In line with its mandate to develop space education programs and promote public awareness, the Philippine Space Agency is set to hold its first science camp, “LIFT OFF: PhilSA Space Science Camp’” from 19 to 21 July 2022 in a hybrid format. PhilSA, in partnership with the  Department of Education (DepEd), Department of Science and Technology – Science Education Institute (DOST-SEI), Moon Village Association (MVA), and the University of the Philippines National Institute for Science and Mathematics Education Development (UP NISMED), has prepared lectures on space science and technology applications (SSTA), workshops on space mission planning and space science communication, a space science contest, and moon viewing lecture and activity for the participants. Incoming senior high school learners, campus journalists, and educators from science high schools from the 16 division schools of Metro Manila were invited to the three-day camp.

PhilSA and its partners will virtually welcome the participants on Day 1 with a camp overview, a talk on SSTA career opportunities, activities to highlight the relevance of space to everyday life, and an introduction to space missions and satellite payloads.  “The camp is one of PhilSA’s initiatives that aim to introduce the exciting world of space science and technology to the Filipino youth. We strongly believe that there’s a good future for Philippine SSTA if we start introducing these concepts early,” LIFT OFF Project Lead and PhilSA Earth Sciences Mission Studies Division Supervising Science Research Specialist Dr. James Cesar Refran said. 

A face-to-face session on Day 2 at the University Hotel, UP Diliman, Quezon City, will feature the first part of the Space Data Dashboard workshop for campus science writers that will highlight the importance of communicating space science to the public. “In October last year, during World Space Week, we held the first Space Data Dashboard Media Workshop for journalists, with the intent of enabling reporters, news producers, and writers to tell more meaningful stories about our environment using available space data tools. This time, we are expanding this opportunity to campus journalists and writers. We want to start them young in order to ensure the future of space science communication in the country,” LIFT OFF co-lead and PhilSA Public Relations and Information Division Chief Tricia Zafra said.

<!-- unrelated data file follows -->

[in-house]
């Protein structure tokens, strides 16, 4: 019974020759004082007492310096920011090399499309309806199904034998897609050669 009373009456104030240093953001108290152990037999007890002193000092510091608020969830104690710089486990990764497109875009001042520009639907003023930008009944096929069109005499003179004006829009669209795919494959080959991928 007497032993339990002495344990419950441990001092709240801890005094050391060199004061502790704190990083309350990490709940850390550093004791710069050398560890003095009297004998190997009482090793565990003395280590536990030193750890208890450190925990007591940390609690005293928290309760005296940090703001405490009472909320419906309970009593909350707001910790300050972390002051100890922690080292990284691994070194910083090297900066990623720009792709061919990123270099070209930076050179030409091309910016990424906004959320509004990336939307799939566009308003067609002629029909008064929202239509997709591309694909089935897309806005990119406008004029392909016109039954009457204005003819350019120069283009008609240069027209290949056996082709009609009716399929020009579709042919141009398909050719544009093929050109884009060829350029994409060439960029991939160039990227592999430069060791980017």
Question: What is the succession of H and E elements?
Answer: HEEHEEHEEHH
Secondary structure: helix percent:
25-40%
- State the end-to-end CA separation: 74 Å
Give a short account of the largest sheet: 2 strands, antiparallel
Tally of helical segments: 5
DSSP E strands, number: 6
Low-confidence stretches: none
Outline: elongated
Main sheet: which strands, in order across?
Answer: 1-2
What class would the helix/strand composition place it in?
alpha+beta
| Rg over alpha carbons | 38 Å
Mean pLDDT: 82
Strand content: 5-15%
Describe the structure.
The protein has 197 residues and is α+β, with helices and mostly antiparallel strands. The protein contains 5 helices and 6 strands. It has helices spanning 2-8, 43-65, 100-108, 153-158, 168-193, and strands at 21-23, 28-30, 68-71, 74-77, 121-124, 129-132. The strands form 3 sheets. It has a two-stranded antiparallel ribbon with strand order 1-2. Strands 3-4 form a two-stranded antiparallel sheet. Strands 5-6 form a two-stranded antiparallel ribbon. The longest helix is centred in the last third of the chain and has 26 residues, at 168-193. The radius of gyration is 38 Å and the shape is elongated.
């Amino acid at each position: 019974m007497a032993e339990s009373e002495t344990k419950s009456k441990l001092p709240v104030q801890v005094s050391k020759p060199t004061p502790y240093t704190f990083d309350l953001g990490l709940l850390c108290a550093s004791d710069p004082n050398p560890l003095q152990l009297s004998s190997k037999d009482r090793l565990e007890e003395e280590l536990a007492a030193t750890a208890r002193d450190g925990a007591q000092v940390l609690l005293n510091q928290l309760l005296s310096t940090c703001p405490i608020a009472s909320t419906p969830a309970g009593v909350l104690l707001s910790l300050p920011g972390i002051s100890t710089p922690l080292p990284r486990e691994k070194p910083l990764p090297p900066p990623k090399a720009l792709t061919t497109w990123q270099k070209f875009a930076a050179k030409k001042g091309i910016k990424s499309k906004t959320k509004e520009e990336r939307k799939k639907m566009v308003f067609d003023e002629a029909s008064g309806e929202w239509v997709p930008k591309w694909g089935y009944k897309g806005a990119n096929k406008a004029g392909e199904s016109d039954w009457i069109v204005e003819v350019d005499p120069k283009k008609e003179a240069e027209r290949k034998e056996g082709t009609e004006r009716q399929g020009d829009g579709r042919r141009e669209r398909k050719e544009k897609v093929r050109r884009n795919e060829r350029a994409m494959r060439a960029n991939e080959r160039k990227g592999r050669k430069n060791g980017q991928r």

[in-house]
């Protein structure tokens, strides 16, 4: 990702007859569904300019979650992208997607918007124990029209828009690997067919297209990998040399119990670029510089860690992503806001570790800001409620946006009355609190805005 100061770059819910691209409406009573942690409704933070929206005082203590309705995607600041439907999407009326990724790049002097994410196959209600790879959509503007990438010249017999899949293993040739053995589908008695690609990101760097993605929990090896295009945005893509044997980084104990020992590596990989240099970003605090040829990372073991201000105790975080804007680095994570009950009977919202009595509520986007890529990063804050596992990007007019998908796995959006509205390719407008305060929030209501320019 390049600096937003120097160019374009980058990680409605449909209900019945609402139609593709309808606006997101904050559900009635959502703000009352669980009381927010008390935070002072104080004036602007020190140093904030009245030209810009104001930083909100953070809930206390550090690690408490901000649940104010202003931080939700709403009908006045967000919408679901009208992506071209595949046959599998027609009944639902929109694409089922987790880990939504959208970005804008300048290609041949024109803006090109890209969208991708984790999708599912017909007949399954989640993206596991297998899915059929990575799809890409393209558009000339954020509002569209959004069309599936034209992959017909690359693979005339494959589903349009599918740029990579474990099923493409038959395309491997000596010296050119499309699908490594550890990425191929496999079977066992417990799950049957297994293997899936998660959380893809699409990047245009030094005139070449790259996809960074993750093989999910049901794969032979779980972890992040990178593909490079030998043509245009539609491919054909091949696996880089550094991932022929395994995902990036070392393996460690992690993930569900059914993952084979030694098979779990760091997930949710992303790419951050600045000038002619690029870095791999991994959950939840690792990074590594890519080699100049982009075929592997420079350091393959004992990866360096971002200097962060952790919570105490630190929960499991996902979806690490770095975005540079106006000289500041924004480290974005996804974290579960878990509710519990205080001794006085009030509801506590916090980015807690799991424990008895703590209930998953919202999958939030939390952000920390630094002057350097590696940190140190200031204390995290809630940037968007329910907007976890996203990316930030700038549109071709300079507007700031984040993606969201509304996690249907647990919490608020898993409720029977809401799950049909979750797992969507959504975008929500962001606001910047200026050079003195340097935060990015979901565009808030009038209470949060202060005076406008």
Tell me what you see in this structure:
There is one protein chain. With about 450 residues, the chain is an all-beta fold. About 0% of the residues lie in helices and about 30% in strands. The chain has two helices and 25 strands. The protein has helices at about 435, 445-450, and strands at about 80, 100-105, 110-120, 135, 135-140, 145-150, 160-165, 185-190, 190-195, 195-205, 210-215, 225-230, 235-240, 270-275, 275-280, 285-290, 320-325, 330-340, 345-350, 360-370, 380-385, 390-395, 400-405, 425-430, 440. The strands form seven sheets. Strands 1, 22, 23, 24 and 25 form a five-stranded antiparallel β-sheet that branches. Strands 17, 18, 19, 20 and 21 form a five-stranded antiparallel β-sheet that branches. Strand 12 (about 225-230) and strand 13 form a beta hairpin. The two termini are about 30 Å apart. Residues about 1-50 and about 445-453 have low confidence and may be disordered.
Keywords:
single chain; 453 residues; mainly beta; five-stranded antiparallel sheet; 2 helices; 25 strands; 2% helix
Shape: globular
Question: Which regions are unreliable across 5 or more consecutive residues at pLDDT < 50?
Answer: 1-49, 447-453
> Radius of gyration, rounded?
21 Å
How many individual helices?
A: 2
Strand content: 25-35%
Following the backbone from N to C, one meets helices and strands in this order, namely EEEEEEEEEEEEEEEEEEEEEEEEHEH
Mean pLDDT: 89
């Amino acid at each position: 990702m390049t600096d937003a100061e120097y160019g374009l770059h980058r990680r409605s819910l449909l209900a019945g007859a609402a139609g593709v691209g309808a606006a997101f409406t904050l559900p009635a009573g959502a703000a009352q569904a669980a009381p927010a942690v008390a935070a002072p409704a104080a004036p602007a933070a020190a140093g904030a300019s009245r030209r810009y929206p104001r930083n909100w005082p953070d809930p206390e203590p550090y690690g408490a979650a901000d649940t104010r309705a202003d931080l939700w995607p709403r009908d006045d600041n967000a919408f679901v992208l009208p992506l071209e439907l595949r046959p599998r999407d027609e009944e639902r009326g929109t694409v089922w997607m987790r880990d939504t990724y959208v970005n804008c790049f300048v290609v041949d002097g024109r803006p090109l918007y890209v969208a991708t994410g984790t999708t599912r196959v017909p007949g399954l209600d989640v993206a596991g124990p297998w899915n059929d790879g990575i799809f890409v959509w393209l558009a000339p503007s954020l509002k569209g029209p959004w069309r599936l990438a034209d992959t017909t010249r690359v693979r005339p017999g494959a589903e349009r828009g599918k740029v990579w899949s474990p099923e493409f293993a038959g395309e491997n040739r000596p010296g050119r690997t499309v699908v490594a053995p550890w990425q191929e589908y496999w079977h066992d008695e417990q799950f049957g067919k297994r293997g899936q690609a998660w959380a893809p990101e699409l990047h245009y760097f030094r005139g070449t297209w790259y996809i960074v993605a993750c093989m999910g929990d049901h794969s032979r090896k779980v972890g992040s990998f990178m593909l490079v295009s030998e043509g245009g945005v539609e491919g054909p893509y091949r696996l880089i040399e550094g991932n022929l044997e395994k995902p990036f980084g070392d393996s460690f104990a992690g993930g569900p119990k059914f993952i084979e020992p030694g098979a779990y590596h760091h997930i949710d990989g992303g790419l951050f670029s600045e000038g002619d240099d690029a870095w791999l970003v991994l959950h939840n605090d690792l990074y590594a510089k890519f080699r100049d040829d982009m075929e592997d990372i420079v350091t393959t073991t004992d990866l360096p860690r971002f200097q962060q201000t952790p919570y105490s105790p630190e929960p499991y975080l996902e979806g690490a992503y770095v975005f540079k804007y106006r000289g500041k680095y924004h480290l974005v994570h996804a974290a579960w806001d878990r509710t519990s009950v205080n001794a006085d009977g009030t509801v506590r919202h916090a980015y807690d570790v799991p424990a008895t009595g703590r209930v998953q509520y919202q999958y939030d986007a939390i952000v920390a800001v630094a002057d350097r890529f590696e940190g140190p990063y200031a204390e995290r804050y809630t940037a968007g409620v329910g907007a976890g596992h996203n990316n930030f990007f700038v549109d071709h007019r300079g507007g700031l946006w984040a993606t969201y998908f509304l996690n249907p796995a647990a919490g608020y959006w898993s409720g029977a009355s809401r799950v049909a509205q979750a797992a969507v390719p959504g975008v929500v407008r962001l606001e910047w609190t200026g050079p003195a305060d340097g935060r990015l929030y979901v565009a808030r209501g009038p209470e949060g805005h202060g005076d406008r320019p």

Also happening on Day 2 is a learning session for STEM teachers, which aims to strengthen competencies in teaching SSTA using web-based resources and space science and technology equipment, such as telescopes, to more effectively engage students in SSTA topics. In the afternoon, students will have the opportunity to demonstrate their knowledge of space science and technology in the quiz bee. The whole day event will conclude with the commemoration of International Moon Day through a moon viewing session facilitated by the Moon Village Association. 

To ensure the safety of the conduct of the in-person activities, PhilSA has complied with the latest requirements set by the Inter-Agency Task Force for the Management of Emerging Infectious Diseases (IATF) Guidelines. Health measures will be observed on site, and all participants, resource persons, and guests will be provided with sanitation kits.

Using what they learned from Day 1 and Day 2, participants will present their proposals for space science stories and future space mission plans on the virtual session on Day 3. A panel of resource persons from PhilSA and partner agencies will help the participants refine and develop their ideas.

“We are all excited to meet our Space Science Camp participants. This year’s theme, ‘Lift Off’ symbolizes our efforts to venture and explore places we’ve never been to–all driven by our curiosity to understand what’s out there. We hope to instill that curiosity,” Refran said. 

In the coming years, PhilSA aims to bring the space science camp to other regions of the country.